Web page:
Easily the most anxiously awaited PS2 for this year, God of War 2 exploded all expectations and takes the PS2 as far as it can go. In what is probably the last truly GREAT game of a truly great system, God of War brings an ass-kicking adventure whose only disappointment is that it has to end.
Playing as Kratos, a former general of the Spartan Army-who, in the first game had fought and defeated Ares to become the God of War-is betrayed by Zeus and is forced to work his way back to power so that he may fight and destroy the King of the Gods. Armed with the Blades of Athena, which are blades on the ends of chains that Kratos uses with great skill to destroy the enemies around him. As well, the blades are used to help scale up walls and swing from special hook points. Throughout the game, Kratos faces a slew of various enemies, many of whom will, near defeat, offer up a button prompt for Kratos to execute his execution moves. Control Kratos as he drives giant swords through the abdomens of his opponents, viciously beheads lumbering foes, cuts the wings off of gryphons or tears the eye out of a Cyclops' head.
The game starts out fast with an epic battle against the Colossus of Rhodes, this is no ordinary "get your feet wet" level; it's for real. Using a ballista to launch himself into the Colossus to crushing his arms in giant waterwheels, Kratos fights viciously, and that is only the first part of the battle! After Zeus betrays Kratos his epic journey for vengeance begins with Kratos going on to a myriad of interesting places, from the bottom of the earth with Atlas, to the giant horse monuments built by Cronos to the Temples of the Fates.
Featuring a wide array of cameos from the Greek mythological world, anyone familiar with the stories will recognize a slew of characters, many of who donate important relics to Kratos' journey. Among these, Gaia helps Kratos escape from Hades to begin his quest to destroy Zeus, (an outcome she also desires) and Prometheus grants the Rage of the Titans that increases the strength and power of Kratos and his attacks. Along the rest of his way Kratos will be attacked and forced to defeat waves upon waves of undead, skeletons, wraiths, harpies, nymphs, minotaurs, Gorgons, Cerberus hounds, sirens, satyrs and juggernauts amongst others.
Everyone defeated by Kratos drop red orbs that are automatically collected for you. These orbs are used to upgrade the weapons that you wield, including the Barbarian Hammer, the Spear of Destiny and the Blade of Olympus. Kratos' magic can also be upgraded and includes Typhon's Bane (a long-range arrow attack), Cronos' Rage (an electric attack useful against multiple targets) and Atlas' Quake (a ground pounding attack.)
Graphically the game takes the PS2 right up to its limits, with gorgeous, gigantic levels with loads of detail. Even though the game is not produced for an HD system, the creators added in an option to increase the quality of the graphics to a progressive scan and it does indeed look phenomenal on an HD screen even if it isn't a true HD game. One of the best features of the game is the camera focus; the game leads you along in the game, and if you get disorientated or lost the angle of the screen will guide you along the direction you are supposed to go. Unfortunately, there is no controlling the camera at all, which can lead to some frustration and decreased visibility in certain sections. However, if something is being obscured it is most likely for a reason.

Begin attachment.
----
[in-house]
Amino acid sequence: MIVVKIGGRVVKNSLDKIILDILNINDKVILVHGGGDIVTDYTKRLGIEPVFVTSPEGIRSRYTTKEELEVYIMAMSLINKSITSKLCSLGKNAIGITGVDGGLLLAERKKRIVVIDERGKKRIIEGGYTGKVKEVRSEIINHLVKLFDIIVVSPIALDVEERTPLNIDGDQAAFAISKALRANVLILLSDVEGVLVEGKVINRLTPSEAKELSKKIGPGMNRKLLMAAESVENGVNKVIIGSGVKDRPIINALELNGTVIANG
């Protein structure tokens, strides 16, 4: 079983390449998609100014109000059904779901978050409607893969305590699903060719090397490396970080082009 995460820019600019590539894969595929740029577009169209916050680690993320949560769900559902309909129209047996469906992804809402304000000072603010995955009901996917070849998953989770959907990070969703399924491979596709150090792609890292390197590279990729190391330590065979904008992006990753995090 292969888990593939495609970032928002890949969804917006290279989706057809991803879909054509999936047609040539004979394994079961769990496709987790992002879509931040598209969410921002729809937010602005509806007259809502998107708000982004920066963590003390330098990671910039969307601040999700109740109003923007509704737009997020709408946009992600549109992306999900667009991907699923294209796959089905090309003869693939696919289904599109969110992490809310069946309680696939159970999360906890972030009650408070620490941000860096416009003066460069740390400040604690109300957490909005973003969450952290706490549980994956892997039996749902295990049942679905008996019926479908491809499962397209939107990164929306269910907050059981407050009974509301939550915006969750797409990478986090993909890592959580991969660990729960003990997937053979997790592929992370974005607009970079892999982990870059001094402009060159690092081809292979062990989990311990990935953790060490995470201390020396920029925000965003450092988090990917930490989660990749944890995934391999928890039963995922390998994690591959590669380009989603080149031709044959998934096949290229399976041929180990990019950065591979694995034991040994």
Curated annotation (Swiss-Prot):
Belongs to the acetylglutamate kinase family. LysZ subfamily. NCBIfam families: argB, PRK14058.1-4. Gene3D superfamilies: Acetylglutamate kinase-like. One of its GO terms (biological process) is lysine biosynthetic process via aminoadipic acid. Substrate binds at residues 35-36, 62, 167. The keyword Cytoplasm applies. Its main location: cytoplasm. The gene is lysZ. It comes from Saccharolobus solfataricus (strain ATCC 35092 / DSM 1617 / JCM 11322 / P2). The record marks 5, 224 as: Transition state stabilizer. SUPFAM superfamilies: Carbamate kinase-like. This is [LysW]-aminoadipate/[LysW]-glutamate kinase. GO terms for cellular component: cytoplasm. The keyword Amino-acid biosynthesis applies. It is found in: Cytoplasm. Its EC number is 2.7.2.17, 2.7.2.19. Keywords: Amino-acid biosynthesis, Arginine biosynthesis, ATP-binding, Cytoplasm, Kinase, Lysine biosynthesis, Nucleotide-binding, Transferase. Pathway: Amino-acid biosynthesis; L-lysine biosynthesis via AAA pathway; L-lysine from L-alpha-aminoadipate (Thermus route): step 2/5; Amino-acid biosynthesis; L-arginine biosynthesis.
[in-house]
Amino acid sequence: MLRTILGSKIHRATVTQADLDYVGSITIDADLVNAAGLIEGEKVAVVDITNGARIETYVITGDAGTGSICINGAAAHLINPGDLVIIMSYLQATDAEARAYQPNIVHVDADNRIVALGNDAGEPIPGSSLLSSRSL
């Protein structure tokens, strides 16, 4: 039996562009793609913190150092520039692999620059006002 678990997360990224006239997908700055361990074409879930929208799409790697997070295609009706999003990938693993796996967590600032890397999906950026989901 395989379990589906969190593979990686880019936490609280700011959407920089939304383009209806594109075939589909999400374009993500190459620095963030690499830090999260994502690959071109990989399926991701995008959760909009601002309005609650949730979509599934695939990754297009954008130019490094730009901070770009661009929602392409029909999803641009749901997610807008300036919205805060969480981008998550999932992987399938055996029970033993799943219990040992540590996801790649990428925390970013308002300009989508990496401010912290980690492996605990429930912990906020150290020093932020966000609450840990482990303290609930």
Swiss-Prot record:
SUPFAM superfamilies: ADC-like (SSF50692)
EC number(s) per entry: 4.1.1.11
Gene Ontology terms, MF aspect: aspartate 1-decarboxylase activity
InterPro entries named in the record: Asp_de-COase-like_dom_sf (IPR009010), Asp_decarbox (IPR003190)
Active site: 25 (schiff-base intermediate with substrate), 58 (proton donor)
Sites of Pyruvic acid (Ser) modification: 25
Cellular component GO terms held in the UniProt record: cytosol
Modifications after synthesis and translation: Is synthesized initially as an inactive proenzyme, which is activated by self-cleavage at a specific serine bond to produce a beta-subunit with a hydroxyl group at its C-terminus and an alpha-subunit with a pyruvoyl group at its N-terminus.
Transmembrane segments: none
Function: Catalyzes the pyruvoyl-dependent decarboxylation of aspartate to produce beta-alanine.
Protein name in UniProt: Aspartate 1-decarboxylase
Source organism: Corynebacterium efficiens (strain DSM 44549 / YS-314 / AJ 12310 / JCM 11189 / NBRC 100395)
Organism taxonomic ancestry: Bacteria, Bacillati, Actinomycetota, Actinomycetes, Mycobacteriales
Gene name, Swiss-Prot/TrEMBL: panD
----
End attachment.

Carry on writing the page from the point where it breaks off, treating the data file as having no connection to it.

The key to God of War and the reason why it is such an awesome game is that it is not just a button-mashing fighting affair, instead every section is littered with puzzles that require mental agility to solve them. The puzzles vary in difficulty but are what make the game worthwhile. The game does a good job of helping you along the way as well, for example, breakable walls have a slight glint to them, video cut-scenes upon entering a location give you clues as to how to beat a section. Further the cut-scenes are simply gorgeous, the detail and quality of each scene adds so much more to the game by creating a world that feels real and important.
Aurally the game is perfectly fine; in fact this is probably the weakest point in the game. That said, it is in no way a hindrance to the game nor unhelpful, it is merely the only part of the game that is not absolutely overwhelming cool. There are some top name voice talents in the game including Linda Hunt (trust us, you'll recognize her voice,) though the best being a cameo from Michael Clarke Duncan as Atlas. The in-game audio gets to be a little repetitive but is certainly passable.
With plenty of bonus levels available after beating the game, God of War 2 has plenty of replay ability as the chance to go through on different skill levels is absolutely worth it. God of War is so good there are levels where it is almost just as much fun to purposefully die in order for the change to redo an entire section.
God of War 2 is a truly great way to send off the PS2, a simply amazingly fun, well-designed, well drawn, well thought out game that stands up extremely well against any of the latest games on the next-gen systems. Playing God of War 2 is only bad because you will not want to stop, Kratos will enter your brain and never let go. Every aspect of the game is almost flawless. Flat out, God of War 2 is one of the greatest PS2 games of all time and one of the best games in the last 10 years, if Sony manages to keep God of War as an exclusive it has all the power to become a system seller all on its own. Long live Kratos!
Learning Curve: approximately 10-15 minutes
God of War 2 is available exclusively for the Playstation 2